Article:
Rosemary's Baby ratio: 1:66-to-1 vs. 16x9 ?

Discussion in 'DVD Video' started by dgates, Dec 23, 2006.

  1. dgates

    dgates Guest

    I recorded Rosemary's Baby off an HD movie channel the other night.
    Before using this recording to introduce it to my girlfriend, I'm
    wondering about the ratios.

    My first thought, scanning a few scenes was "Hmm, does it look like
    the left and right sides have been slightly lopped off?"

    However, checking IMDB, it says that the ratio is 1.66 to 1 -- which
    would be *narrower* than our 16x9 TV.

    If that's the case, then how is this picture filling our 16x9 screen?
    Is it being stretched? Are the top and bottoms being lopped off? Is
    IMDB just wrong about the ratio?

    Scanning a couple of DVD sites, I see them referring to the film (or
    at least the DVD) as 1.85:1. Not Netflix, which lists it as 1.66:1,
    but a couple other DVD sites.


    Can anyone enlighten me? What will we be losing or gaining if we
    watch this HD recording?


    Thanks.
    dgates, Dec 23, 2006
    #1
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  2. dgates

    Joshua Zyber Guest

    "dgates" <> wrote in message
    news:...
    > I recorded Rosemary's Baby off an HD movie channel the other night.
    > Before using this recording to introduce it to my girlfriend, I'm
    > wondering about the ratios.
    >
    > My first thought, scanning a few scenes was "Hmm, does it look like
    > the left and right sides have been slightly lopped off?"
    >
    > However, checking IMDB, it says that the ratio is 1.66 to 1 -- which
    > would be *narrower* than our 16x9 TV.
    >
    > If that's the case, then how is this picture filling our 16x9 screen?
    > Is it being stretched? Are the top and bottoms being lopped off? Is
    > IMDB just wrong about the ratio?
    >
    > Scanning a couple of DVD sites, I see them referring to the film (or
    > at least the DVD) as 1.85:1. Not Netflix, which lists it as 1.66:1,
    > but a couple other DVD sites.
    >
    > Can anyone enlighten me? What will we be losing or gaining if we
    > watch this HD recording?


    A movie like Rosemary's baby would have been photographed with the
    intention of playing in Europe at 1.66:1 and in America at 1.85:1, and
    should have been protected for both ratios. A 16:9 transfer splits the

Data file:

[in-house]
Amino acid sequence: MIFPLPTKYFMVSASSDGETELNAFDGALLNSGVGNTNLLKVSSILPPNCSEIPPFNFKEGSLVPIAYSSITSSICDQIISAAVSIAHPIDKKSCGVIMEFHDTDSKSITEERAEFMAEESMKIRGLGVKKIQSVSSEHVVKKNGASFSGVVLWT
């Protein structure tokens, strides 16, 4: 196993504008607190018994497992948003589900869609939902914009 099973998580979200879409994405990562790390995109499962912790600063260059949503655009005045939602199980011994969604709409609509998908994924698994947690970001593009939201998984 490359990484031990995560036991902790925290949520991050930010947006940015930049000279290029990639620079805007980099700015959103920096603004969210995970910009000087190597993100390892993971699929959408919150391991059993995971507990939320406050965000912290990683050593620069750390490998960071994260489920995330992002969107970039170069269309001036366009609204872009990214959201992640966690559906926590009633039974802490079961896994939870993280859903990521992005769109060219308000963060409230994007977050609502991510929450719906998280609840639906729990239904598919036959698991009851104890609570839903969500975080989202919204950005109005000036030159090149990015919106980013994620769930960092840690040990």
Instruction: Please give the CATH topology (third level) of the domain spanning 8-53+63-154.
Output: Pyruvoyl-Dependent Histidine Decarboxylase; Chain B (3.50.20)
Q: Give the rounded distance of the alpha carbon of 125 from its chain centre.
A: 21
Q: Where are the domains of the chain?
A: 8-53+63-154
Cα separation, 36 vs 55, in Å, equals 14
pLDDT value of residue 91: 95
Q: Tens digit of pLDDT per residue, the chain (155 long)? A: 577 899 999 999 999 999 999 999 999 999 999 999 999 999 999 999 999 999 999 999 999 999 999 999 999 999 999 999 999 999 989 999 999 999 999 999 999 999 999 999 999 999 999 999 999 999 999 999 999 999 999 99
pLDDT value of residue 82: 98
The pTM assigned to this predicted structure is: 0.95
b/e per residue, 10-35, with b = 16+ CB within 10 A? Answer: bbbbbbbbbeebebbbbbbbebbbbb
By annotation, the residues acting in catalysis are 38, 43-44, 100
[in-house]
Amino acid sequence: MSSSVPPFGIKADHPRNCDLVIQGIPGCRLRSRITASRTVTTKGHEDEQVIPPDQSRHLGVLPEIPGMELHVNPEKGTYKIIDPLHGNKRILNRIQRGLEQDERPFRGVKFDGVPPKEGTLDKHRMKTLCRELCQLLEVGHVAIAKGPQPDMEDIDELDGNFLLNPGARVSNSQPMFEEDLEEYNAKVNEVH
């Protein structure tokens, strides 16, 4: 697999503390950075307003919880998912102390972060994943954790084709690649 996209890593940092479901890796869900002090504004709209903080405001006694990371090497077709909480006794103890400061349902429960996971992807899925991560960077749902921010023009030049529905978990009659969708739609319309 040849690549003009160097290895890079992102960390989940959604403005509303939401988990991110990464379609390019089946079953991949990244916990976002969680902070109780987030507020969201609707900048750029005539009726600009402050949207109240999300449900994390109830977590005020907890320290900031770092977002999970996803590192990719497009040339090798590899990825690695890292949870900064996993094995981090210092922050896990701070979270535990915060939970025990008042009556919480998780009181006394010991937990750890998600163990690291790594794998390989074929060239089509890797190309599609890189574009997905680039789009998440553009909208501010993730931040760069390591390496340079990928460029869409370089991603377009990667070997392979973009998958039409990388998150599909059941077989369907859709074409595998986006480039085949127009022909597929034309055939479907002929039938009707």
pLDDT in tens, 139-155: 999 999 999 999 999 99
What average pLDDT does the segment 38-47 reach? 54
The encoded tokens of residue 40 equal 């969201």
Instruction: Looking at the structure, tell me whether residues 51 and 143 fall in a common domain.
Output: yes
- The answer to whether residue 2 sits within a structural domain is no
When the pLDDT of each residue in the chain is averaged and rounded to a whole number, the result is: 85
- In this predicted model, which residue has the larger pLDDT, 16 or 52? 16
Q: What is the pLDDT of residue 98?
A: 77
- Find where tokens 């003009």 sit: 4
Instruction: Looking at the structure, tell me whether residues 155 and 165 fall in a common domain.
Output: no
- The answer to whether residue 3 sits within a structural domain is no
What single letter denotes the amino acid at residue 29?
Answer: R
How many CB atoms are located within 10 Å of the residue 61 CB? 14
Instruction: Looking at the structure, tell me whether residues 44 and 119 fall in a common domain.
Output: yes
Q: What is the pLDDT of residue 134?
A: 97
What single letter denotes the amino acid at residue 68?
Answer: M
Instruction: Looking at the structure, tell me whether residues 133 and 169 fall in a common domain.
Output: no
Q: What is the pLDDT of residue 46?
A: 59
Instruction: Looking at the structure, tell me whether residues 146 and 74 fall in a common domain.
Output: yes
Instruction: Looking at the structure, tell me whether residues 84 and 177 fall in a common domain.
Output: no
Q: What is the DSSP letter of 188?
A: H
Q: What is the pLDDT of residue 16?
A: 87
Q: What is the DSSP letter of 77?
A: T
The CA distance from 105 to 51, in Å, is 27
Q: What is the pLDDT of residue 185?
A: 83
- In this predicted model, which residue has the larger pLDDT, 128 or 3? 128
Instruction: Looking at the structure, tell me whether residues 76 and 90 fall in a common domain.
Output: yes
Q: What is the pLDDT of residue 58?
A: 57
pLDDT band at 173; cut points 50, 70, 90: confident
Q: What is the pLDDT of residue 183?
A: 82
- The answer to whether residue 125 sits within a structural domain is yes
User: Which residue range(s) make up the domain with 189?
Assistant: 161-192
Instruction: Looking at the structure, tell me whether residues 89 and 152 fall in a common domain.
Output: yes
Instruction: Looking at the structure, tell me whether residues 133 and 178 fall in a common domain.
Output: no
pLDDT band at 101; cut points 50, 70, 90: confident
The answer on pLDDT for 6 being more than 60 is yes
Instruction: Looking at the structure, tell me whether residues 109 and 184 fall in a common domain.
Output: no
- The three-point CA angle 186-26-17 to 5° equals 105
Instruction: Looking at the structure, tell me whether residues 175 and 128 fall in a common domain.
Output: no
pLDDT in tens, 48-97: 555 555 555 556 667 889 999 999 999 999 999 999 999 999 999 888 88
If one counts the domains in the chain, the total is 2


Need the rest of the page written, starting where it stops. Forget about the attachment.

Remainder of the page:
difference. You're not missing anything that was seen in American
    theaters.

    A 1.66:1 movie can be viewed on a 16:9 TV in one of two ways. Either the
    top and bottom of the frame can be minimally cropped, or the picture can
    be pillarboxed with black bars on the left and right sides of the frame.
    The pillarbox bars would be so small that they'd be covered up by
    typical TV overscan anyway.

    I haven't seen the HD broadcast of Rosemary's Baby to know which it was.
    In either scenario, what you're getting is a perfectly valid
    representation of the movie.
    Joshua Zyber, Dec 24, 2006
    #2
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  3. dgates

    dgates Guest

    On Sat, 23 Dec 2006 19:08:02 -0500, "Joshua Zyber"
    <> wrote:

    >"dgates" <> wrote in message
    >news:...
    >> I recorded Rosemary's Baby off an HD movie channel the other night.
    >> Before using this recording to introduce it to my girlfriend, I'm
    >> wondering about the ratios.
    >>
    >> My first thought, scanning a few scenes was "Hmm, does it look like
    >> the left and right sides have been slightly lopped off?"
    >>
    >> However, checking IMDB, it says that the ratio is 1.66 to 1 -- which
    >> would be *narrower* than our 16x9 TV.
    >>
    >> If that's the case, then how is this picture filling our 16x9 screen?
    >> Is it being stretched? Are the top and bottoms being lopped off? Is
    >> IMDB just wrong about the ratio?
    >>
    >> Scanning a couple of DVD sites, I see them referring to the film (or
    >> at least the DVD) as 1.85:1. Not Netflix, which lists it as 1.66:1,
    >> but a couple other DVD sites.
    >>
    >> Can anyone enlighten me? What will we be losing or gaining if we
    >> watch this HD recording?

    >
    >A movie like Rosemary's baby would have been photographed with the
    >intention of playing in Europe at 1.66:1 and in America at 1.85:1, and
    >should have been protected for both ratios. A 16:9 transfer splits the
    >difference. You're not missing anything that was seen in American
    >theaters.
    >
    >A 1.66:1 movie can be viewed on a 16:9 TV in one of two ways. Either the
    >top and bottom of the frame can be minimally cropped, or the picture can
    >be pillarboxed with black bars on the left and right sides of the frame.
    >The pillarbox bars would be so small that they'd be covered up by
    >typical TV overscan anyway.
    >
    >I haven't seen the HD broadcast of Rosemary's Baby to know which it was.
    >In either scenario, what you're getting is a perfectly valid
    >representation of the movie.



    Excellent! Thank you very much for the reply!

    (Now, if I can just convince her that the film's cleverness outweighs
    its scariness! :)
    dgates, Dec 24, 2006
    #3
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